Current Style: Standard
Readers will I am sure be aware of the different manifestations of Open Access (OA) – Green and Gold – the future of which is now the subject of debate.
To be clear: Gold OA is delivered through journals, which may be completely OA or hybrid, where some articles are OA and others are available only to subscribers; Green OA is delivered through self-archiving – authors’ deposit of manuscripts in repositories, which may be institutional or disciplinary.
The main characteristics of Green and Gold OA are as follows.
- Relies on a quite recent but well established infrastructure of repositories. Hence it is easy and cheap: each article only incurs a portion, very small in monetary terms, of the overhead costs of setting up and running repositories.
- Does not have the overheads of a peer-reviewed journal; however deposited articles may be, and most often have been, peer-reviewed for publication in subscription journals.
- Is compatible with subscription journal publishing; scholars are able to publish in subscription journals, for instance where these are of particularly high repute, and, through self-archiving, still make their articles OA, albeit after an embargo period.
- Depends on authors’ obtaining rights from publishers to deposit and make articles available.
- Is hospitable to many other types of document, notably pre-prints (which provide the time-stamp noted at the start of this chapter), theses, and research datasets.
- Offers articles, in both OA and hybrid journals, that are peer-reviewed for publication. It incurs the same costs for the editorial and peer review process as subscription journal publishing.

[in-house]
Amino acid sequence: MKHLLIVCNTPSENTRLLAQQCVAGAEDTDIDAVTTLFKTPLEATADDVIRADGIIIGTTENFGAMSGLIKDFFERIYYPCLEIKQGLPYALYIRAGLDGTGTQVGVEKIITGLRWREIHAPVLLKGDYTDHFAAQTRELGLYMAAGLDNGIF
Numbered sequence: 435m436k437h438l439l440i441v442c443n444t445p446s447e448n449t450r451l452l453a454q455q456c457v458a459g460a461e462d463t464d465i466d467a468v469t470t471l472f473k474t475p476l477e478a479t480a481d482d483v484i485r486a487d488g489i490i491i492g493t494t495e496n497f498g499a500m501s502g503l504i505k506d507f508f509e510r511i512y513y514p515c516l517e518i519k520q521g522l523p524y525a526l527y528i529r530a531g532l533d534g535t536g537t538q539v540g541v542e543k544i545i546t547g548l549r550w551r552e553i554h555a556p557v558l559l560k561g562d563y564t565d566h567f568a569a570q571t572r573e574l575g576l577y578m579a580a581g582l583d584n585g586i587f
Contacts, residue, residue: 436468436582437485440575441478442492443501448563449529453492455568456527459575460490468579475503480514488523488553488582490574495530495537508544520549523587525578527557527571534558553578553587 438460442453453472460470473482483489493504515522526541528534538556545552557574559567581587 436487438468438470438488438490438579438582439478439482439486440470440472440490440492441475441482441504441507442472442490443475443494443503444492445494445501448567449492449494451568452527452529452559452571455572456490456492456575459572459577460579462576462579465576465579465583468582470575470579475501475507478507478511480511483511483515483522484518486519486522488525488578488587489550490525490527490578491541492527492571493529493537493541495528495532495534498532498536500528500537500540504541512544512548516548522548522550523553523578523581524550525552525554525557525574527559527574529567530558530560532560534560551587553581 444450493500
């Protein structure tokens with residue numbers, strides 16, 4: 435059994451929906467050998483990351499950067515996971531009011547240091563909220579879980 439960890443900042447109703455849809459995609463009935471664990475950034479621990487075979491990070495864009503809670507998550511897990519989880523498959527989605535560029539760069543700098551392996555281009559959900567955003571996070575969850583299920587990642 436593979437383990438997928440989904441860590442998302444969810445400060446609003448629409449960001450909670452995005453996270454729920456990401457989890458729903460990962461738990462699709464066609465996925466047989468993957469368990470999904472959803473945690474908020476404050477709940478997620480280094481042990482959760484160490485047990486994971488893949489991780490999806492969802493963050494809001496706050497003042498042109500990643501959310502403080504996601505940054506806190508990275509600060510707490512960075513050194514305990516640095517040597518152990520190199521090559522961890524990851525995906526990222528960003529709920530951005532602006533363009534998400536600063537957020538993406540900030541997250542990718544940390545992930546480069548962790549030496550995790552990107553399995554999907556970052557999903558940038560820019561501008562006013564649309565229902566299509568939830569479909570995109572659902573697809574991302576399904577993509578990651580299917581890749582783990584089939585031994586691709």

- Is always immediate, while Green OA is often subject to time embargoes imposed by subscription journal publishers.
- Provides access to the published version of an article, while Green OA generally provides access only to the author’s final peer-reviewed manuscript, without the formatting or pagination of the published version. However by its nature it is confined to post-prints.
- Generally obtains rights and permissions direct from the rights-holder (usually the author).
In June 2012 the publication of the Finch Report (Working Group on Expanding Access to Published Research Findings) gave a great boost to Gold OA with the recommendation (p.7) that “a clear policy direction should be set towards support for publication in open access or hybrid journals, funded by APCs [article processing charges], as the main vehicle for the publication of research, especially when it is publicly funded”. This boost was given added force by the endorsement of the Government and the funding of APCs by the Research Councils in the UK.
Finch was interpreted by many as undervaluing Green OA, particularly in the recommendation (also p.7) that “the infrastructure of subject and institutional repositories should be developed so that they play a valuable role complementary to formal publishing, particularly in providing access to research data and to grey literature, and in digital preservation”.
There has been some rowing back from this position. For instance, the latest consultation by the Higher Education Funding Council for England (HEFCE) on the Research Excellence Framework exercise to be held in about 2020, while endorsing Finch in principle, states: “as the transition to full open access will occur over a period of time, we propose to accept material published via either gold or green routes as eligible, recognising that it is not appropriate to express any preference in the context of research assessment”.
One interpretation of Finch is that endorsing Gold over Green was the price of getting the publishers in the Working Group on board. It remains to be seen whether the pendulum will swing back towards Green OA. Certainly the economic case for Green during the period of transition to Gold has been demonstrated by Swan and Houghton (Going for Gold? The costs and benefits of Gold Open Access for UK research institutions: Further economic modelling: Report to the UK Open Access Implementation Group. London: UK Open Access Implementation Group, 2012. Available at: http://repository.jisc.ac.uk/610/2/Modelling_Gold_Open_Access_for_institutions_-_final_draft3.pdf). This economic pressure on universities may be decisive.
David Ball, former Librarian of Bournemouth University, is a consultant specialising in aspects of higher education
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